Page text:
Kubeflow on Baremetal OpenStack

Kubeflow logo

DISCLAIMER: No GANs were harmed in the writing of the blog.

Kubeflow is a machine learning toolkit for Kubernetes. It aims to bring popular tools and libraries under a single umbrella to allow users to:

  • Spawn Jupyter notebooks with persistent volume for exploratory work.
  • Build, deploy and manage machine learning pipelines with initial support for the TensorFlow ecosystem but has since expanded to include other libraries that have recently gained popularity in the research communitity like PyTorch.
  • Tune hyperparameters, serve models, etc.

In our ongoing effort to demonstrate that OpenStack managed baremetal infrastructure is a suitable platform for performing cutting-edge science, we set out to deploy this popular machine learning framework on top of underlying Kubernetes container orchestration layer deployed via OpenStack Magnum. The control plane for the baremetal OpenStack cloud constitute of Kolla containers deployed using Kayobe which provides for containerised OpenStack to baremetal and is how we manage the vast majority of our deployments to customer sites. The justification for running baremetal instances is to minimise the performance overhead of virtualisation.


  • Baremetal OpenStack cloud (minimum Rocky) except for OpenStack Magnum (which must be at least Stein 8.1.0 for various reasons detailed later but critically in order to support Fedora Atomic 29 which addresses a CVE present in earlier Docker version).
  • A few spare baremetal instances (minimum 2 for 1 master and 1 worker).

Deployment Steps

  • Provision a Kubernetes cluster using OpenStack Magnum. For this step, we recommend using Terraform or Ansible. Since Ansible 2.8, os_coe_cluster_template and os_coe_cluster modules are available to support Magnum cluster template and cluster creation. However, in our case, we opted for Terraform which has a nicer user experience because it understands the interdependency between the cluster template and the cluster and therefore automatically determines the order in which they need to be created and updated. To be exact, we create our cluster using a Terraform template defined in this repo where the README.md has details of the how to setup Terraform, upload image and bootstrap Ansible in order to deploy Kubeflow. The key labels we pass to the cluster template are as follows:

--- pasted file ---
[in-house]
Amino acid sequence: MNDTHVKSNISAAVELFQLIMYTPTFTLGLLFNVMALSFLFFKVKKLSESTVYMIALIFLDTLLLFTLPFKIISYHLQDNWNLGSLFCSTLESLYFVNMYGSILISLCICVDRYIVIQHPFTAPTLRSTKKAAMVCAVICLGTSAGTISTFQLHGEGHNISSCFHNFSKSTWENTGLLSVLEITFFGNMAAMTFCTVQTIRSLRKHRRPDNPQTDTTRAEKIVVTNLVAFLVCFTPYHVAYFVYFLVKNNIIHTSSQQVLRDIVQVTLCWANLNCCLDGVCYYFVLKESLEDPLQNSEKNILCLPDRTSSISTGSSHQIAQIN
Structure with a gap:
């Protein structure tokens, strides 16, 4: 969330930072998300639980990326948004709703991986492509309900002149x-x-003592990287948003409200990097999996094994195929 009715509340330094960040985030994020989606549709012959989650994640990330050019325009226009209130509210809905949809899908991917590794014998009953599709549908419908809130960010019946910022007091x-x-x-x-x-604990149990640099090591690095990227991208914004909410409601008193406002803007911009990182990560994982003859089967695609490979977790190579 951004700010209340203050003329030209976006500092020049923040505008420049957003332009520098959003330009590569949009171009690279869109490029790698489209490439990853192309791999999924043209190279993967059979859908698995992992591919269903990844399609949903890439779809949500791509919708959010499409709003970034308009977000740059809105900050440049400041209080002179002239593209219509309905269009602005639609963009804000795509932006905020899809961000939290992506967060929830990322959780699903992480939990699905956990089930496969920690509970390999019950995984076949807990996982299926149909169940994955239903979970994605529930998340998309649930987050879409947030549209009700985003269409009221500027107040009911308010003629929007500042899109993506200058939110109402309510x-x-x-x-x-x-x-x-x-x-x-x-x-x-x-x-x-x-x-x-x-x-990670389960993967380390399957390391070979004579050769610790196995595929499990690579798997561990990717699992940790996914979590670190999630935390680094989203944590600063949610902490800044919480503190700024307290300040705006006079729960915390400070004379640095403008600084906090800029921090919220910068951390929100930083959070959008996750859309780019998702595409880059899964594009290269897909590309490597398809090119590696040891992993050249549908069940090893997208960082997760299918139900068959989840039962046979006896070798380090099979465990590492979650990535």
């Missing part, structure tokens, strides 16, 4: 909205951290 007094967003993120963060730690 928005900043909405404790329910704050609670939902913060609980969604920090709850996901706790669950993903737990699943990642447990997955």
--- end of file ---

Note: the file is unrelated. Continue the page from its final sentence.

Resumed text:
• Run ./terraform init && ./terraform apply to create the cluster.
  • Once the cluster is ready, source magnum-tiller.sh to use tiller enabled by Magnum and run our Ansible playbook to deploy Kubeflow along with ingress to all the services (edit variables/example.yml to suit your OpenStack environment):
ansible-playbook k8s.yml -e @variables/example.yml
  • At this point, we should see a list of ingresses which use *-minion-0 as the ingress node by default when we run kubectl get ingress -A. We are using a nip.io based wildcard DNS service so that traffic generating from different subdomains map to various services we have deployed. For example, the Kubeflow dashboard is deployed as ambassador-ingress and the Tensorboard dashboard is deployed as tensorboard-ingress. Similarly, the Grafana dashboard deployed by placing monitoring_enabled=True label is deployed as monitoring-ingress. The mnist-ingress ingress is currently functioning as a placeholder for the next part where we train and serve a model using the Kubeflow ML pipeline.
$ kubectl get ingress -A
NAMESPACE    NAME                  HOSTS                           ADDRESS   PORTS   AGE
kubeflow     ambassador-ingress    kubeflow.                80      35h
kubeflow     mnist-ingress         mnist.                   80      35h
kubeflow     tensorboard-ingress   tensorboard.             80      35h
monitoring   monitoring-ingress    grafana.                 80      35h
git clone https://github.com/stackhpc/kubeflow-examples examples -b dell
cd examples/mnist && bash deploy-kustomizations.sh

Notes on Monitoring

Kubeflow comes with a Tensorboard service which allows users to visualise machine learning model training logs, model architecture and also the efficacy of the model itself by reducing the latent space of the weights in the final layer before the model makes a classification.

The extensibility of the OpenStack Monasca service also lends itself well to the integration into machine learning model training loops given that the agent is configured to accept non-local traffic on workers which can be done by setting the following values inside /etc/monasca/agent/agent.yaml and a restart of the monasca-agent.target service:

monasca_statsd_port: 8125
non_local_traffic: true